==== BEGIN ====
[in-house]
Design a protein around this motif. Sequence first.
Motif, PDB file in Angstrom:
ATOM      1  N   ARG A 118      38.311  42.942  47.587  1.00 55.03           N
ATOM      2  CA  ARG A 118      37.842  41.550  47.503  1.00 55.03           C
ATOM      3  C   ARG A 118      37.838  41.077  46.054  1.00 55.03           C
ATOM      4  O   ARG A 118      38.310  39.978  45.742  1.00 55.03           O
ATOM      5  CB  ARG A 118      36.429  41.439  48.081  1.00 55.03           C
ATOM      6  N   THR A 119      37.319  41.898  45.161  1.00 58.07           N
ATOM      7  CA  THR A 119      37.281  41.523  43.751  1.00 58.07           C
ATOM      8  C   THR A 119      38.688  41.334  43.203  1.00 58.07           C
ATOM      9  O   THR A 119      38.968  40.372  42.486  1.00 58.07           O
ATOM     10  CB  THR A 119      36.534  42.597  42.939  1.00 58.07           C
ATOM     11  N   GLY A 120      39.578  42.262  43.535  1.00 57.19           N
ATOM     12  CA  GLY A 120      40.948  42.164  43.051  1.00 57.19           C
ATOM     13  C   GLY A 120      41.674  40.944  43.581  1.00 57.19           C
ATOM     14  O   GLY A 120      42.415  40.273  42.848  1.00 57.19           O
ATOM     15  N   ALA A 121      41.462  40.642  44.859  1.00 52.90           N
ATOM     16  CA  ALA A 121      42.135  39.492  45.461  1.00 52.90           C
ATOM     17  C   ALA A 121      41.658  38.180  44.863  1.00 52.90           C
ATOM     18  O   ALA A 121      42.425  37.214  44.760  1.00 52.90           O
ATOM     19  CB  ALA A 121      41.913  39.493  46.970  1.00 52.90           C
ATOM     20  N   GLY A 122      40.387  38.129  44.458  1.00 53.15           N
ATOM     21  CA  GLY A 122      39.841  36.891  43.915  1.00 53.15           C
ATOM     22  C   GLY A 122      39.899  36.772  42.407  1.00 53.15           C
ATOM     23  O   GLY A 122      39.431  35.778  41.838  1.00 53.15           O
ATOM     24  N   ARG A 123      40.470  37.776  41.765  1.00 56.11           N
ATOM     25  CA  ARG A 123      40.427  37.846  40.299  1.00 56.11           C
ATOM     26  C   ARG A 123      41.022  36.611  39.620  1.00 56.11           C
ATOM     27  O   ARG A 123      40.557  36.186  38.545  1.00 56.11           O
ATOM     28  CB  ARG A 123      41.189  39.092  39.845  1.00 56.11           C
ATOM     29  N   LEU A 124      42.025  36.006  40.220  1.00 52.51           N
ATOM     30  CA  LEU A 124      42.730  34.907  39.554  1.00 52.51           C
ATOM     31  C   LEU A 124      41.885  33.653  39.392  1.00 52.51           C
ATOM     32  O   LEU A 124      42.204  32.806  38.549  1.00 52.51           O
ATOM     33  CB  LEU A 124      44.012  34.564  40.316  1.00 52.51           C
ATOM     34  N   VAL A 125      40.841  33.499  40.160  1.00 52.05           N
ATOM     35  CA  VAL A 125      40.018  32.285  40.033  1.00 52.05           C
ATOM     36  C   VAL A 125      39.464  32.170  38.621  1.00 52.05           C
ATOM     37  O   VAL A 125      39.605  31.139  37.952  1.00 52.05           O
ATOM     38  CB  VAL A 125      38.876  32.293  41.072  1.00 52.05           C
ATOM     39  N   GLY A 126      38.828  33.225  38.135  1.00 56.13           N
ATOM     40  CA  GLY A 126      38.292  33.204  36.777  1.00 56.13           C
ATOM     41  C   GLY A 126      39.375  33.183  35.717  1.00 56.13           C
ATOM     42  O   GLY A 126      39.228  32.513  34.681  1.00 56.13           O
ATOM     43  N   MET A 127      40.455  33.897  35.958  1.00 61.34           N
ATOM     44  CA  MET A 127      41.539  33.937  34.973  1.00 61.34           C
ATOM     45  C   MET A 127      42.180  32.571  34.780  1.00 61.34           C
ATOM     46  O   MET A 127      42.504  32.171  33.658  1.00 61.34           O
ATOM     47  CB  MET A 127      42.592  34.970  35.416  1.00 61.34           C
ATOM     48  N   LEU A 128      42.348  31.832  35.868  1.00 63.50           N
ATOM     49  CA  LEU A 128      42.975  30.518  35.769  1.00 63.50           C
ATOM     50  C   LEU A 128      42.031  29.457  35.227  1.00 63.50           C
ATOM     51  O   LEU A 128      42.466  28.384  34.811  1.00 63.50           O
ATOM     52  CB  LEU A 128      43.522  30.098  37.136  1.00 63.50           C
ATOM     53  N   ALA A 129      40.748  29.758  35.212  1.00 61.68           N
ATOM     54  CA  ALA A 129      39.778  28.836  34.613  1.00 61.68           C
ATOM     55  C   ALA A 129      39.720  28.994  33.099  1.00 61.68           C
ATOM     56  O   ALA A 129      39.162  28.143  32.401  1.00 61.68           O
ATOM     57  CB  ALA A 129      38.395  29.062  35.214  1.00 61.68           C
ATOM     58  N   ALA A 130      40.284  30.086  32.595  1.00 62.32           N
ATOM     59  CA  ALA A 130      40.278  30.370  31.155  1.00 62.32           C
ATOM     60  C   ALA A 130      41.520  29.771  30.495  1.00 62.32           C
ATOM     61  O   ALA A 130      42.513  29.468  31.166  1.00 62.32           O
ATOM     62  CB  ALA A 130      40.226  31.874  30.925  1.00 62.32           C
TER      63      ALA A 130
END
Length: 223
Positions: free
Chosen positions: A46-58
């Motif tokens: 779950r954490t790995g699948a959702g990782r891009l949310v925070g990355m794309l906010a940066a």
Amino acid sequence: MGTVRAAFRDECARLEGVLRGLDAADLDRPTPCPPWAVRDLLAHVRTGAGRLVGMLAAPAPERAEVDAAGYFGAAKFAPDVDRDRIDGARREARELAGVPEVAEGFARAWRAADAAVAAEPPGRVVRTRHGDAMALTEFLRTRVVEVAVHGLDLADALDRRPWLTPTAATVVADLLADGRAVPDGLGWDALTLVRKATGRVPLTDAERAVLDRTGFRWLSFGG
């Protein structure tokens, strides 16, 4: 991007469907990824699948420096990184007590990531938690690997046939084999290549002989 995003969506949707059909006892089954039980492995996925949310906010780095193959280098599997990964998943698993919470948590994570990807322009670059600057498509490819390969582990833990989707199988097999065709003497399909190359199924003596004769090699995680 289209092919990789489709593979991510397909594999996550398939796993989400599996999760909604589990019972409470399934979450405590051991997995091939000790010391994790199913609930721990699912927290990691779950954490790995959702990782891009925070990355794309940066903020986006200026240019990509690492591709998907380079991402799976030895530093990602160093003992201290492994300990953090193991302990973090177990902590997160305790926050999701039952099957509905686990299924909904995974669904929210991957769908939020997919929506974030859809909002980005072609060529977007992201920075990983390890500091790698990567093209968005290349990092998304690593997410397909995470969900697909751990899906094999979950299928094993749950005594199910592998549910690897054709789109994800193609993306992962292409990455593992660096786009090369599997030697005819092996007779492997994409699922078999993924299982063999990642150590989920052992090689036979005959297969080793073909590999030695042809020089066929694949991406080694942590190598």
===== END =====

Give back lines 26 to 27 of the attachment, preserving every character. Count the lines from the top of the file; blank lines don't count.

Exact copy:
ATOM     23  O   GLY A 122      39.431  35.778  41.838  1.00 53.15           O
ATOM     24  N   ARG A 123      40.470  37.776  41.765  1.00 56.11           N